Under the hood, file-based encryption enables this improved user experience. With this new encryption scheme, the system storage area, as well as each user profile storage area, are all encrypted separately. Unlike with full-disk encryption, where all data was encrypted as a single unit, per-profile-based encryption enables the system to reboot normally into a functional state using just device keys. Essential apps can opt-in to run in a limited state after reboot, and when you enter your lock screen credential, these apps then get access your user data to provide full functionality.
File-based encryption better isolates and protects individual users and profiles on a device by encrypting data at a finer granularity. Each profile is encrypted using a unique key that can only be unlocked by your PIN or password, so that your data can only be decrypted by you.
Encryption support is getting stronger across the Android ecosystem as well. Starting with Marshmallow, all capable devices were required to support encryption. Many devices, like Nexus 5X and 6P also use unique keys that are accessible only with trusted hardware, such as the ARM TrustZone. Now with 7.0 Nougat, all new capable Android devices must also have this kind of hardware support for key storage and provide brute force protection while verifying your lock screen credential before these keys can be used. This way, all of your data can only be decrypted on that exact device and only by you.The media stack and platform hardening
In Android Nougat, weâ€™ve both hardened and re-architected mediaserver, one of the main system services that processes untrusted input. First, by incorporating integer overflow sanitization, part of Clangâ€™s UndefinedBehaviorSanitizer, we prevent an entire class of vulnerabilities, which comprise the majority of reported libstagefright bugs. As soon as an integer overflow is detected, we shut down the process so an attack is stopped. Second, weâ€™ve modularized the media stack to put different components into individual sandboxes and tightened the privileges of each sandbox to have the minimum privileges required to perform its job. With this containment technique, a compromise in many parts of the stack grants the attacker access to significantly fewer permissions and significantly reduced exposed kernel attack surface.
In addition to hardening the mediaserver, weâ€™ve added a large list of protections for the platform, including:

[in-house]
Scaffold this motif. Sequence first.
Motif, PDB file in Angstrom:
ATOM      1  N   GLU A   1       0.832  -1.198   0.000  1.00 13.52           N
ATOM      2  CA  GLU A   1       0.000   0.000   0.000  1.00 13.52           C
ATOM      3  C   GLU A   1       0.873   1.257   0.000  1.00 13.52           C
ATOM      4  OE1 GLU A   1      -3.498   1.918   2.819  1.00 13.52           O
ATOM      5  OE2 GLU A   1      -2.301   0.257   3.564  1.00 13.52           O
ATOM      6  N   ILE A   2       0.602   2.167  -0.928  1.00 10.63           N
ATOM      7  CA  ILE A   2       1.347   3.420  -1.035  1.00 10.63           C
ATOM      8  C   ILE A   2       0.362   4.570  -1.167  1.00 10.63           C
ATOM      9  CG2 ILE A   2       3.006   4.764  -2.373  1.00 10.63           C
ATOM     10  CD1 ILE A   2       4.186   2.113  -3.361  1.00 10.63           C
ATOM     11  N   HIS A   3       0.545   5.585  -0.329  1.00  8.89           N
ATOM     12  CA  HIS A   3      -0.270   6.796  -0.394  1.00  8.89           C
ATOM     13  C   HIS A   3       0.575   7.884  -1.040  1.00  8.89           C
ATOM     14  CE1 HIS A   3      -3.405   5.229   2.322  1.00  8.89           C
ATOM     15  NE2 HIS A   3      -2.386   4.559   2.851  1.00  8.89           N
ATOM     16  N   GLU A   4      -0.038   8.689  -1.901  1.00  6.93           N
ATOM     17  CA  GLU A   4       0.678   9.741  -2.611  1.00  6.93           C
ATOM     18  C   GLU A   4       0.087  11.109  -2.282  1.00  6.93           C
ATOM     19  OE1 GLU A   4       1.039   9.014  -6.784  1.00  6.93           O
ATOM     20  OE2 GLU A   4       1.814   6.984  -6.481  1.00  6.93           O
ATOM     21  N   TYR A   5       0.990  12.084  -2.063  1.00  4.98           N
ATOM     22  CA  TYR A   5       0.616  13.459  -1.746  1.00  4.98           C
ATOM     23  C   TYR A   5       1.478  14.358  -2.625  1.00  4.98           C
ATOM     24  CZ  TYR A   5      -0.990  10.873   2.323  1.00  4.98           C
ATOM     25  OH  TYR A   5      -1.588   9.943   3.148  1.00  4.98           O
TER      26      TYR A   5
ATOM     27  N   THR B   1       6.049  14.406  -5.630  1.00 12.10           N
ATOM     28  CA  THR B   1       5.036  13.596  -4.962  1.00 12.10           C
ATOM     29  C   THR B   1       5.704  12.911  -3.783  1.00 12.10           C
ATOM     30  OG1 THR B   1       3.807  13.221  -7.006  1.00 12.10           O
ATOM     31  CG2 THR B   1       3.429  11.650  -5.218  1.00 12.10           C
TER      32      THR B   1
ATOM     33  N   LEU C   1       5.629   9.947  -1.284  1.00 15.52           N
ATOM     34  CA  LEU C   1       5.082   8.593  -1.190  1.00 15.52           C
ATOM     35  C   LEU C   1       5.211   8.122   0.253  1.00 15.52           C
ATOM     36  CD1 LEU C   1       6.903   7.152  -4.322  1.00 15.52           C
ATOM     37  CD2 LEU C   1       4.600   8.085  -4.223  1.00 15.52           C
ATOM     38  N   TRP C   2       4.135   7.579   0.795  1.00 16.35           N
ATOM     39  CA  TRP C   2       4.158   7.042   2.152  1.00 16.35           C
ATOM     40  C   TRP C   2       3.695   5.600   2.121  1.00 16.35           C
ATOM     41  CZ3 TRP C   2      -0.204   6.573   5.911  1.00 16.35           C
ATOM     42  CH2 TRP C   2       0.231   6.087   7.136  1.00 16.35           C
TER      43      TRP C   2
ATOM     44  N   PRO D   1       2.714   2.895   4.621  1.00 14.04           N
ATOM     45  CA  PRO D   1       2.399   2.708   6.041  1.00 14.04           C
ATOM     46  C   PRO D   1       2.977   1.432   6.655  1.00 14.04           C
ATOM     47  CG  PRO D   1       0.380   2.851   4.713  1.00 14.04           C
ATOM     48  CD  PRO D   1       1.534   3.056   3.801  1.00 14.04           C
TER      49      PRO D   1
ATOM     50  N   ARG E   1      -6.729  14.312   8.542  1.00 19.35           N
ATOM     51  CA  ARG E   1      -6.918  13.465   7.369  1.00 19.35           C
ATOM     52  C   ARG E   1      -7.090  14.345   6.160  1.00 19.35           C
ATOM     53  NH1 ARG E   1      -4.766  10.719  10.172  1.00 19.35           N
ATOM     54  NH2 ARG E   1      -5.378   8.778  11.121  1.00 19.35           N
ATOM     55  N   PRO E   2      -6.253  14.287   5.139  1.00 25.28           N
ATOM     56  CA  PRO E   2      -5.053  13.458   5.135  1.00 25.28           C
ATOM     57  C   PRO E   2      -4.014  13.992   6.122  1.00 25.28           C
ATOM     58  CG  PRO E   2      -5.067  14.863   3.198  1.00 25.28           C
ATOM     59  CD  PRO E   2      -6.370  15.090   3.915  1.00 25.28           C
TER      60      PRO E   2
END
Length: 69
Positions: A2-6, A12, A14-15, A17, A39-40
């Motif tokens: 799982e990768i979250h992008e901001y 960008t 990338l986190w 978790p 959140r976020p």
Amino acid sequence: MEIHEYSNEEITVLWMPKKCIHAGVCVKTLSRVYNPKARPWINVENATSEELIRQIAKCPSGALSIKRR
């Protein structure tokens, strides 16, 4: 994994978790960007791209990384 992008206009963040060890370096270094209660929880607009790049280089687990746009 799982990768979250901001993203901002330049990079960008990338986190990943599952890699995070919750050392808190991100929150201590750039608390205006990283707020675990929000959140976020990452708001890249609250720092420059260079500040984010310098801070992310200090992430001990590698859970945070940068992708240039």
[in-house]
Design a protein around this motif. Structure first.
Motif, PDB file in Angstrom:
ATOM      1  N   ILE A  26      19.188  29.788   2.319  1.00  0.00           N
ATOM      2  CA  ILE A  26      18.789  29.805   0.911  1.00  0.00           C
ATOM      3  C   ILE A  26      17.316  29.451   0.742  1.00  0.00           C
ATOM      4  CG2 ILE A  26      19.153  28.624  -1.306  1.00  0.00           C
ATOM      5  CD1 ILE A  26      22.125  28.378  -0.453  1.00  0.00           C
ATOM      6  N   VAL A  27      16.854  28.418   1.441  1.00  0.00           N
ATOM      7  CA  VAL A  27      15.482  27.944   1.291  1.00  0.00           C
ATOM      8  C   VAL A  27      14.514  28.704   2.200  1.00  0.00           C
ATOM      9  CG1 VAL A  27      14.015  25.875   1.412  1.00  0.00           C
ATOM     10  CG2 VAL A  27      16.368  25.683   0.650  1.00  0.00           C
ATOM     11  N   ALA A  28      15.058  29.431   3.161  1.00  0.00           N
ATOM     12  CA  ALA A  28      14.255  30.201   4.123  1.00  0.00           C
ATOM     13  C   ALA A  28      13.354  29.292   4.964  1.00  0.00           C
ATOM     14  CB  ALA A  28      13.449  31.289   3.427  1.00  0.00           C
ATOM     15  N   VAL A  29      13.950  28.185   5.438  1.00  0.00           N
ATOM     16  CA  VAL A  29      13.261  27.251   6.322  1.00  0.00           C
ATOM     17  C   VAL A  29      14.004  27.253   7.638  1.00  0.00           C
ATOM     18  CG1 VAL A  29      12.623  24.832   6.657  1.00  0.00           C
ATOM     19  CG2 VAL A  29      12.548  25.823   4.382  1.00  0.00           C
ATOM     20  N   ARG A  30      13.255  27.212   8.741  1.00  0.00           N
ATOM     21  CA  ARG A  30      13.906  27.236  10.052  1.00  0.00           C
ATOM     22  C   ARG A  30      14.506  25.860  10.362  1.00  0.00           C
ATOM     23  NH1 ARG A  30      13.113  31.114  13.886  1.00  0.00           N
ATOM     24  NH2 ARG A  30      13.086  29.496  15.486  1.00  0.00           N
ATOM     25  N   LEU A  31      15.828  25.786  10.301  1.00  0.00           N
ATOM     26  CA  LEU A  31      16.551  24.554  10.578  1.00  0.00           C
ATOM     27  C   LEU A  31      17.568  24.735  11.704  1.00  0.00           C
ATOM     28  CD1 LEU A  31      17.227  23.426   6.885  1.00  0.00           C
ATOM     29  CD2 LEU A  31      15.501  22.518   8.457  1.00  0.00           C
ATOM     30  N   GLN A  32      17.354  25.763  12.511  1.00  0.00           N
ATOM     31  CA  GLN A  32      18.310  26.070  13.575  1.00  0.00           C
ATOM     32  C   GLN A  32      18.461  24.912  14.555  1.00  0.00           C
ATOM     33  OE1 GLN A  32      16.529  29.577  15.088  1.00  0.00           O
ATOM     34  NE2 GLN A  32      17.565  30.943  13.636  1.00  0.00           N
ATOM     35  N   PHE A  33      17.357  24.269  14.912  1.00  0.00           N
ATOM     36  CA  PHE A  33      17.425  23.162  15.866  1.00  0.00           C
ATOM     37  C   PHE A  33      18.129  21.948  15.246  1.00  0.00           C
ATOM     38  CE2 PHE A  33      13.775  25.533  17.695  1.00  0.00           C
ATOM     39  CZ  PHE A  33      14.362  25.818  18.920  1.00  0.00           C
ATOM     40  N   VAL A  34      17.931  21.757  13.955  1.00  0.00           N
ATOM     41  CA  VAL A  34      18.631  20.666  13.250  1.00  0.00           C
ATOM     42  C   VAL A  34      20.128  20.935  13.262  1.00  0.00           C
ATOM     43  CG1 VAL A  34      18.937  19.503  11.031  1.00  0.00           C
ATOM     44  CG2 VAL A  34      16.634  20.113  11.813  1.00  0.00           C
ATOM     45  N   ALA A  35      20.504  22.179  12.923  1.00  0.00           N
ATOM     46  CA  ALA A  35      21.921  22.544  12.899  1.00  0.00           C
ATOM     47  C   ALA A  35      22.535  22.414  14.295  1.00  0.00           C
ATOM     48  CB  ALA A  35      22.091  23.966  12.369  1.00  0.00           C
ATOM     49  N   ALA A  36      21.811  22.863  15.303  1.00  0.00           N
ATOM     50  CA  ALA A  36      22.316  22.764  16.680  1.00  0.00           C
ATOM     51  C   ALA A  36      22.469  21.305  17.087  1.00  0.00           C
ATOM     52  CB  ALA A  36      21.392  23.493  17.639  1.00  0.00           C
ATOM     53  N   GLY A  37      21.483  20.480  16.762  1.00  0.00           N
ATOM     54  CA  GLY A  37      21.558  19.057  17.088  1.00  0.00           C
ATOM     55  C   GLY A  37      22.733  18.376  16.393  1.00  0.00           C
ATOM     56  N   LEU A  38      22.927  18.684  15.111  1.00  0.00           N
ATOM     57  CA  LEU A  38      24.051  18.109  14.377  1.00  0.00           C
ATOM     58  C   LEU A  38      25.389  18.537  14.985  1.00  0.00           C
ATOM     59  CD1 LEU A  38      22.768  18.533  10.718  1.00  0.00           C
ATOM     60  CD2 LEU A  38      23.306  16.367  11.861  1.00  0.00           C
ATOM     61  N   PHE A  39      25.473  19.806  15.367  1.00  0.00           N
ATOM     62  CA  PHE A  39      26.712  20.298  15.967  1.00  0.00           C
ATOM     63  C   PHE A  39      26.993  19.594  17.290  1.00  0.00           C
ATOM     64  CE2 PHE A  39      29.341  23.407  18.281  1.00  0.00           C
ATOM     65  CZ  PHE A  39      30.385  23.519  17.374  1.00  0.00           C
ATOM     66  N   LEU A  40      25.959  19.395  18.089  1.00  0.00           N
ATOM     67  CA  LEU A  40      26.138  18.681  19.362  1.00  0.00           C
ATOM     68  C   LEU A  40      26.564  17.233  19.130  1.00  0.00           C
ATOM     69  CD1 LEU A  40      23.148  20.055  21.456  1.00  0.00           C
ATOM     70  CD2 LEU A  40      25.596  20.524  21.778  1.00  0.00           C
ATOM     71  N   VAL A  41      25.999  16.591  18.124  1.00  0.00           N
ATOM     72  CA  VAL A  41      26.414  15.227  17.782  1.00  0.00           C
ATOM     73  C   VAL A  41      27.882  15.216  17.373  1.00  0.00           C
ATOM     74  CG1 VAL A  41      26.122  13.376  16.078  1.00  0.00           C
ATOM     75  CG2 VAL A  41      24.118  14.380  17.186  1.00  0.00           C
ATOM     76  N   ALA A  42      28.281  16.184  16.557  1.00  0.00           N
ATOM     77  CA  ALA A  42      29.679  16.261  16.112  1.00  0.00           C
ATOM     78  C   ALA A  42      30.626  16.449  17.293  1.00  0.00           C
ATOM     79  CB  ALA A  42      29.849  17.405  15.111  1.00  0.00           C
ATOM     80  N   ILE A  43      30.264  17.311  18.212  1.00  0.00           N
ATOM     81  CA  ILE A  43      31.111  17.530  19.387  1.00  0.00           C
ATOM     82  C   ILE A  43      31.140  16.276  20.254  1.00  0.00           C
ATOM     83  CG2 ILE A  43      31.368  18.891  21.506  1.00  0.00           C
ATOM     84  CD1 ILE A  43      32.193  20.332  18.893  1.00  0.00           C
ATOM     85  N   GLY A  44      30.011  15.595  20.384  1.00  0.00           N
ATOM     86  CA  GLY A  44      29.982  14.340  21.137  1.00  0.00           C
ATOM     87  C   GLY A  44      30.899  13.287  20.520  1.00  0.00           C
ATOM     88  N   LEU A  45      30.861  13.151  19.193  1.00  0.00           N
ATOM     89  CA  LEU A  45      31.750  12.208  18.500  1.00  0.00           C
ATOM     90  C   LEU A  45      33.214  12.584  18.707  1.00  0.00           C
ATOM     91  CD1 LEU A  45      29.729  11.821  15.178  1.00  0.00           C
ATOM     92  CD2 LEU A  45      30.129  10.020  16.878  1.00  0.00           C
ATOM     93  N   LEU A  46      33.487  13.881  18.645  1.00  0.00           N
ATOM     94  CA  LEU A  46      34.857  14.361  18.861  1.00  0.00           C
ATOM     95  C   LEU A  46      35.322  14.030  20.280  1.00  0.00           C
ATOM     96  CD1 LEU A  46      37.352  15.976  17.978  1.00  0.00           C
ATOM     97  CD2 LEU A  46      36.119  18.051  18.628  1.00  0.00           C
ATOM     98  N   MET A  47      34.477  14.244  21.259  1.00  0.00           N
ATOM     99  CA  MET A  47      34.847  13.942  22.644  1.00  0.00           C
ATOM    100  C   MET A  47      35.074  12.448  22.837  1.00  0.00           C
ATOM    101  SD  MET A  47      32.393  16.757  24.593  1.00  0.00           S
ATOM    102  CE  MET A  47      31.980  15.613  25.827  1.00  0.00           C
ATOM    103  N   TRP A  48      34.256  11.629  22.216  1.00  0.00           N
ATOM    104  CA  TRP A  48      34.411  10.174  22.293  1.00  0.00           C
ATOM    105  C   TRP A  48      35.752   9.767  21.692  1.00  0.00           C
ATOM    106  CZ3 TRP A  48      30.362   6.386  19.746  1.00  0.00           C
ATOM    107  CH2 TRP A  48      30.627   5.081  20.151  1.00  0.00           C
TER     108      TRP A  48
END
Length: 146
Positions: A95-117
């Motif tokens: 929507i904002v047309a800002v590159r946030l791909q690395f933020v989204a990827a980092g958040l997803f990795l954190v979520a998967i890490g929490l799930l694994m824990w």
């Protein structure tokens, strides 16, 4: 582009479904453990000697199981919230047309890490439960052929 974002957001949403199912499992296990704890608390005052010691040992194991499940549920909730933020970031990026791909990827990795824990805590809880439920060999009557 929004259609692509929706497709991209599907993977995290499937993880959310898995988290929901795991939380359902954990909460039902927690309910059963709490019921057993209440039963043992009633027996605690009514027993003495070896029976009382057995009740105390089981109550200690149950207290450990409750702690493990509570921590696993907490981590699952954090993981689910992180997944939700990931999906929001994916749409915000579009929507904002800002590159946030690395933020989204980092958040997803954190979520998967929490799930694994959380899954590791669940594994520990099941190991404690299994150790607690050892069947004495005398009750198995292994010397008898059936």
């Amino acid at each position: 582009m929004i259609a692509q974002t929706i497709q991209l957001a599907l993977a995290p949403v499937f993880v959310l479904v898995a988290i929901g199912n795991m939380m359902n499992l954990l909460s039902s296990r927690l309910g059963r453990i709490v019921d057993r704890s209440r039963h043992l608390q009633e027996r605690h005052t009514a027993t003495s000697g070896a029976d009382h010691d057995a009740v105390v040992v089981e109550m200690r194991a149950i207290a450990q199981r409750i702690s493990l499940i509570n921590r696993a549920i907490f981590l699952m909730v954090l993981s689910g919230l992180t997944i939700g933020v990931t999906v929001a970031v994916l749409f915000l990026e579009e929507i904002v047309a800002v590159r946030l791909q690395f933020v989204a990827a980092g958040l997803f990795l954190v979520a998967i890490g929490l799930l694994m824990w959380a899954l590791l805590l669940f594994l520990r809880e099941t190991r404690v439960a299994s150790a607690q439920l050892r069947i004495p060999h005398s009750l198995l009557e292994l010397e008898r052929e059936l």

Android Nougat is the safest and easiest version of Android for application developers to use.
Weâ€™ve also continued to refine app permissions and capabilities to protect you from potentially harmful apps.
Lastly, we've made significant enhancements to the OTA update system to keep your device up-to-date much more easily with the latest system software and security patches. We've made the install time for OTAs faster, and the OTA size smaller for security updates. You no longer have to wait for the optimizing apps step, which was one of the slowest parts of the update process, because the new JIT compiler has been optimized to make installs and updates lightning fast.
The update experience is even faster for new Android devices running Nougat with updated firmware. Like they do with Chromebooks, updates are applied in the background while the device continues to run normally. These updates are applied to a different system partition, and when you reboot, it will seamlessly switch to that new partition running the new system software version.
Weâ€™re constantly working to improve Android security and Android Nougat brings significant security improvements across all fronts. As always, we appreciate feedback on our work and welcome suggestions for how we can improve Android. Contact us at firstname.lastname@example.org.
Over the last week I’ve spent a little bit of time playing around with the data in the Kaggle TalkingData Mobile User Demographics competition, and came across a notebook written by dune_dweller showing how to run a logistic regression algorithm on the dataset.
I’ve not used it before so I created a small example to get to grips with it.
Let’s say we have 3 rows to predict and we happen to know that they should be labelled ‘bam’, ‘spam’, and ‘ham’ respectively:
>>> actual_labels = ["bam", "ham", "spam"]
To work out the log loss score we need to make a prediction for what we think each label actually is. We do this by passing an array containing a probability between 0-1 for each label